Let’s start with a question that I am sure you have asked as a leader.
“Hello, do I have to dial it down a bit and be less civil to be a great leader?” Although I haven’t asked this question before, but I’ve heard quite a few young leaders pushing such requests during 1 to 1 counseling sessions.
“Do I have to be excessively extravert to be a successful leader? I like humans, but I am not comfortable starting new conversations with people I do not know. Does this mean I will not be a good leader?”
For some reason, less outgoing people think that if they cannot drive around glad-handing individuals like politicians, that they will never be thriving leaders.
I think that covered in the question “Do I have to be more civil to be a successful leader?” is the concern that people who are not sociable are not good with people. This is not true! Your capacity to bond with your team is not focused upon your experience to be the life of the party. You see, you make your relationships with your office colleagues, team members, and your office management gradually over time.
You do have to talk to your team. That’s a must. I don’t support hiding behind email or hiding behind your office door. Come out of your cabin and speak to your coworkers. Do it slowly and try to form a one-on-one bond. Be open with people about the truth that you can be more reserved. You can build support and trust; just do it in a way that evolves more naturally.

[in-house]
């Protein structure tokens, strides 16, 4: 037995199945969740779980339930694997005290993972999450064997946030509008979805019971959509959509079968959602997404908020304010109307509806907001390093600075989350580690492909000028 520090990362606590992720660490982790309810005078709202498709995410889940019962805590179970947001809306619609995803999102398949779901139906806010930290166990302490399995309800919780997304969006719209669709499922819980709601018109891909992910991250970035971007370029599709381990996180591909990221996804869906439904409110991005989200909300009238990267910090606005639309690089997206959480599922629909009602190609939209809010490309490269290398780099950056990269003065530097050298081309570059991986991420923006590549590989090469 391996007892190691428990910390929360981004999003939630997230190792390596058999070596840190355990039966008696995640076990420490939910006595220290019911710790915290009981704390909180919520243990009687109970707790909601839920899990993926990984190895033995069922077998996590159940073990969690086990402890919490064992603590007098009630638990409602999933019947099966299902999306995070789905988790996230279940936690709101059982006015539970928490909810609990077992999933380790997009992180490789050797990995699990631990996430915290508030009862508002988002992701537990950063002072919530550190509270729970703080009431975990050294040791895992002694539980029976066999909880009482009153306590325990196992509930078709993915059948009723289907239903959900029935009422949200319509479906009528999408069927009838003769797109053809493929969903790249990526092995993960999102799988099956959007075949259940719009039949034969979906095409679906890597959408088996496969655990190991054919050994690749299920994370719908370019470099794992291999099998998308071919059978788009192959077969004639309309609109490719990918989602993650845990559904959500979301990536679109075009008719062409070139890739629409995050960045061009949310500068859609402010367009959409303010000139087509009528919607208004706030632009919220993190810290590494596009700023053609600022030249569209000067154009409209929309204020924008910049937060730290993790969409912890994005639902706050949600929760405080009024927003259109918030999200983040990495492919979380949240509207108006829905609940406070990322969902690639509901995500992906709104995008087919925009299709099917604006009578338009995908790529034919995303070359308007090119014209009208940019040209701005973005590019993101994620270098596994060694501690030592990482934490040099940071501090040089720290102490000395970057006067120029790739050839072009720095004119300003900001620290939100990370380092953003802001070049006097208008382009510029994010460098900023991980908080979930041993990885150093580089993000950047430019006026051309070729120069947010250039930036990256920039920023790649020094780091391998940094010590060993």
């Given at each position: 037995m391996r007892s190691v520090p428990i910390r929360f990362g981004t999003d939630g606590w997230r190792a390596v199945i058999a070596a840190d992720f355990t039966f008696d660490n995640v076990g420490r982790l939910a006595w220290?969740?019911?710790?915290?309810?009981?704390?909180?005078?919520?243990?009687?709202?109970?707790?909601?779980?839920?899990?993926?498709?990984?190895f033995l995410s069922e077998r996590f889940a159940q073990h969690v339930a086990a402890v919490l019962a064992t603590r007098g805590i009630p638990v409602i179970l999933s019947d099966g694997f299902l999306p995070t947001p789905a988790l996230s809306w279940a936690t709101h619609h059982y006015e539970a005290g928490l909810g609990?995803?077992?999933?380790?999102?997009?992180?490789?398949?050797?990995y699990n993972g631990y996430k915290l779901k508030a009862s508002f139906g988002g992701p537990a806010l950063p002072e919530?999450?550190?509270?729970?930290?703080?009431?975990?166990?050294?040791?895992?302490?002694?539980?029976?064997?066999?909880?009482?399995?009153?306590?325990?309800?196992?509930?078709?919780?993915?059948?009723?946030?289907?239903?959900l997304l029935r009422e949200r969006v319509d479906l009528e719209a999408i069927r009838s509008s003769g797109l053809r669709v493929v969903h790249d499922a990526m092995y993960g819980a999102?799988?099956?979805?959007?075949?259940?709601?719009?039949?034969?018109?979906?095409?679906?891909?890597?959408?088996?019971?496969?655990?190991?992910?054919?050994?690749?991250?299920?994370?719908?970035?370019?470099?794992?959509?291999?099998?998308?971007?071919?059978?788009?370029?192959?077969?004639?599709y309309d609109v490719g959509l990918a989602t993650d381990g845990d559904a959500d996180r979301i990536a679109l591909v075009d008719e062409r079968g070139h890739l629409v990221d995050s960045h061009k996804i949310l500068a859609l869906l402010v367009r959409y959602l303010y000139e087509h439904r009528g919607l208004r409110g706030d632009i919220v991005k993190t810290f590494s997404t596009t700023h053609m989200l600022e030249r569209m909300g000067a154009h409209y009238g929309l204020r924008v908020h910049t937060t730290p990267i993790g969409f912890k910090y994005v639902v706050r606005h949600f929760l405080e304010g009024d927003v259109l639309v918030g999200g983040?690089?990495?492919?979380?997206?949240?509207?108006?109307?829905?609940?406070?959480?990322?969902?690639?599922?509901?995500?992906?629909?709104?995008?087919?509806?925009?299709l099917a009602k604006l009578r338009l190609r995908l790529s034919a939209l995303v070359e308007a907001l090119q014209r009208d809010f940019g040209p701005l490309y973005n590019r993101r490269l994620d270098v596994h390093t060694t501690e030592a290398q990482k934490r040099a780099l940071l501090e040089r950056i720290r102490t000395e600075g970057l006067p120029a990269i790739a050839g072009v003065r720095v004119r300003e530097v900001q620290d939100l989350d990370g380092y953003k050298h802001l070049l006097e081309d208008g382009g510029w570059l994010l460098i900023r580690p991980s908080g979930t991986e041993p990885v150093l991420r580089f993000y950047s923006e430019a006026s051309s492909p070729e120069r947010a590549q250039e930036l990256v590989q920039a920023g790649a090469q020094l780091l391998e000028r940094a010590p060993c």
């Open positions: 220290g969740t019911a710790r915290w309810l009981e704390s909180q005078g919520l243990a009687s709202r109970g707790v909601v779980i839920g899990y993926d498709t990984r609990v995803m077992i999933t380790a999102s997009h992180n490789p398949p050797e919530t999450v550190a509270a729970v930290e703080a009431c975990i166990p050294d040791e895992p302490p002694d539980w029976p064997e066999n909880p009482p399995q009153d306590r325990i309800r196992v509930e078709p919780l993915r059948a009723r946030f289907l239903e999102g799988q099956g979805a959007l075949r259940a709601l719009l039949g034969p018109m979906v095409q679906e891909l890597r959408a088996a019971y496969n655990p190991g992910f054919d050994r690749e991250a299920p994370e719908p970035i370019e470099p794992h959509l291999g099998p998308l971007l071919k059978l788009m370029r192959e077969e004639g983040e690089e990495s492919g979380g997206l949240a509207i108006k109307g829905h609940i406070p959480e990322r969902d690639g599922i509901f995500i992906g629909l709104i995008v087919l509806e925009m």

I do not promise you that you will never have to perform in front of a large group. When it is your chance to speak out in public, stand up and do a decent job. Just because you may not love speaking to a larger crowd does not mean you cannot shine at it.
If you indeed are someone who does not love talking, you could be an exceptional listener. If this is you, your colleagues will learn to appreciate your listening skills. Carefully use this skill to your advantage.
If you are introverted and unable to face people at your office or in a social gathering, be a good listener, which can be your road to victory as a leader.
I am sure you have seen Money Heist. The ‘professor’ played by Álvaro Morte is essentially an introvert character. He doesn’t seem to spark discussions out of the blue. However, he used it to his advantage by listening to people in a one-on-one dialogue and then quietly implementing his strategies. Guess what? This introverted ‘professor’ is the leader of the pack.
The primary step to flourishing leadership is to decode who you really are. Understand your weaknesses and your strengths. By the way, being sociable or not is not certainly a strength or a weakness. It is solely a part of who you are. If you try to push yourself to be something you are genuinely not, you will come across as insincere and awkward. This will hurt your ability to be a good leader because people will feel awkward around you.
Remember, you control who you are, and you choose who you want to be. There are thriving leaders of all types. Once you are happy with who you are, you can find the right environment for you. And that is where you will win – outgoing or not.